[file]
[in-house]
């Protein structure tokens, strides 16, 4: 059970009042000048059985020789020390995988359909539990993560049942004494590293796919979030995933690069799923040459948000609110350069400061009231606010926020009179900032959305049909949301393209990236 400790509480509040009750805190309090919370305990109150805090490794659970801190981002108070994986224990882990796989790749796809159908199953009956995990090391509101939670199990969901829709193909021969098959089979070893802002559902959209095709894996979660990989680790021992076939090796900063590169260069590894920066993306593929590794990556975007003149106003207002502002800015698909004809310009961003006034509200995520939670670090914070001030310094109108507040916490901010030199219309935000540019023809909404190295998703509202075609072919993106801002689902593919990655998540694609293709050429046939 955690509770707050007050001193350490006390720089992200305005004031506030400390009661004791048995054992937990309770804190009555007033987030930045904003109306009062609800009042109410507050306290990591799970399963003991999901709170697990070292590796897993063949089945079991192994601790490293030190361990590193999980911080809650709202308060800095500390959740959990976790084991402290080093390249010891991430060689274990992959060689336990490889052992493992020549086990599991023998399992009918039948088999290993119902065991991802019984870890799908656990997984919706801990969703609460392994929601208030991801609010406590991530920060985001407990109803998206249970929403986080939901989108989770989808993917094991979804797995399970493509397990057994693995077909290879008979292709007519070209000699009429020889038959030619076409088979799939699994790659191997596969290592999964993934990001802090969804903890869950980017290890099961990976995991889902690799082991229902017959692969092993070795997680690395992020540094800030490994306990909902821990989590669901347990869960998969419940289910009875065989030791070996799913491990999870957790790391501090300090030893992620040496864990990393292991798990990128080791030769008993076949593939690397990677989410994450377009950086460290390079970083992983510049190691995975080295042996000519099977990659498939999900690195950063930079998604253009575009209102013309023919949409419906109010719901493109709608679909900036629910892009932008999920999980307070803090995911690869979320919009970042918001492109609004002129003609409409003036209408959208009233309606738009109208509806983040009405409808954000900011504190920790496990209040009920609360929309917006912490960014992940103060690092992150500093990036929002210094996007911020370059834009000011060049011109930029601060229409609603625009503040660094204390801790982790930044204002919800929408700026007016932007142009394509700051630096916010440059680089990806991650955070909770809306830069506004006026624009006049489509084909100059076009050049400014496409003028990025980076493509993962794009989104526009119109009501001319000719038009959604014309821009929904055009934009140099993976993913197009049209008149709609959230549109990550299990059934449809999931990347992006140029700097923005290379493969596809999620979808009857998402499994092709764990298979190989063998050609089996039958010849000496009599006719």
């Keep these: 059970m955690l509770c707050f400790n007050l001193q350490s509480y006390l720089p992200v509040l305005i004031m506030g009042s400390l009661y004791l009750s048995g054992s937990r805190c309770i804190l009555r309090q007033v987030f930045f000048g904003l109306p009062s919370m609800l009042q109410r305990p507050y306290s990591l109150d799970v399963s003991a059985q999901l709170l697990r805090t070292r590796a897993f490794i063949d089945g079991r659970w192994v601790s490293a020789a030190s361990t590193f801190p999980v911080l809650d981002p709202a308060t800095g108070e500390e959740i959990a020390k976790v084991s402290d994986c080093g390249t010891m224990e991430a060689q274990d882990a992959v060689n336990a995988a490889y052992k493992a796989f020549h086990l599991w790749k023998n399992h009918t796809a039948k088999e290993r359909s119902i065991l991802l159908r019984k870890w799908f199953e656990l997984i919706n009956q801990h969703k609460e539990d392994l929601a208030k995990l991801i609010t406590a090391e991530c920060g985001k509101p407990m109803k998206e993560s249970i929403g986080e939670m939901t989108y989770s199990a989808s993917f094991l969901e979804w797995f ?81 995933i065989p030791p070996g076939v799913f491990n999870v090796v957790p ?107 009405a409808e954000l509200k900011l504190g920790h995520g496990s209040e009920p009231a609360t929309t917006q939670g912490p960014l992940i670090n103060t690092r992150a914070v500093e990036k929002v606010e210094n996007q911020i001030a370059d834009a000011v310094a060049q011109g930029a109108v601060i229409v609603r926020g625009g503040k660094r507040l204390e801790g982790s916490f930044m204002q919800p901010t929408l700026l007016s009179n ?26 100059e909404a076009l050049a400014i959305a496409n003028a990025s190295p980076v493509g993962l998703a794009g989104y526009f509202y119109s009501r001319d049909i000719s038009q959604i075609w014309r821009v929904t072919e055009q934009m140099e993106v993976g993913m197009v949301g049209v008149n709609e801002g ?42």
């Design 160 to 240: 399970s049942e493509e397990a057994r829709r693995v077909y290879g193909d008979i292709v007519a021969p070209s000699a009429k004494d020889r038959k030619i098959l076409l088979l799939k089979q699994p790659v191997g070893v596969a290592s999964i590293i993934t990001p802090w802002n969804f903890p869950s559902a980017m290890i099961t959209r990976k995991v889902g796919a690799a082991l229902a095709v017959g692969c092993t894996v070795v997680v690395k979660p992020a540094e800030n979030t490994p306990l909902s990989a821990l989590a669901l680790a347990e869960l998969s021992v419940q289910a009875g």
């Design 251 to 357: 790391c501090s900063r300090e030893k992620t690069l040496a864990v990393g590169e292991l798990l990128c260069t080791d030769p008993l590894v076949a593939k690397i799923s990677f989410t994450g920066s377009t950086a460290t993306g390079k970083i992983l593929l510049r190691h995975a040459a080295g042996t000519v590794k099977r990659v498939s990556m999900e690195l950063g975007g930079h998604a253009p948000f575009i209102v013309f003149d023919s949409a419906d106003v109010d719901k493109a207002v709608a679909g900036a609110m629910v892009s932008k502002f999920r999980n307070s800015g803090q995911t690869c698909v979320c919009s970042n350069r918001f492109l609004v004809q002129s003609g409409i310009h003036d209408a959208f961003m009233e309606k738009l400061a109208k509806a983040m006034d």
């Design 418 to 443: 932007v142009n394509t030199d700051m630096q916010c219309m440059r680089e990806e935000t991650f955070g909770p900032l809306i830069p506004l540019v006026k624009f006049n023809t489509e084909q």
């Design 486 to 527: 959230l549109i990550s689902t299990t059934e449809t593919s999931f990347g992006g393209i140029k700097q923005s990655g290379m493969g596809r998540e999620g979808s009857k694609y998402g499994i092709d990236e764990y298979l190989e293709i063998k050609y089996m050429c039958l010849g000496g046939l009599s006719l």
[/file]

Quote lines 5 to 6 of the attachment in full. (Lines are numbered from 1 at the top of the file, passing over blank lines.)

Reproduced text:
């Design 251 to 357: 790391c501090s900063r300090e030893k992620t690069l040496a864990v990393g590169e292991l798990l990128c260069t080791d030769p008993l590894v076949a593939k690397i799923s990677f989410t994450g920066s377009t950086a460290t993306g390079k970083i992983l593929l510049r190691h995975a040459a080295g042996t000519v590794k099977r990659v498939s990556m999900e690195l950063g975007g930079h998604a253009p948000f575009i209102v013309f003149d023919s949409a419906d106003v109010d719901k493109a207002v709608a679909g900036a609110m629910v892009s932008k502002f999920r999980n307070s800015g803090q995911t690869c698909v979320c919009s970042n350069r918001f492109l609004v004809q002129s003609g409409i310009h003036d209408a959208f961003m009233e309606k738009l400061a109208k509806a983040m006034d």
């Design 418 to 443: 932007v142009n394509t030199d700051m630096q916010c219309m440059r680089e990806e935000t991650f955070g909770p900032l809306i830069p506004l540019v006026k624009f006049n023809t489509e084909q």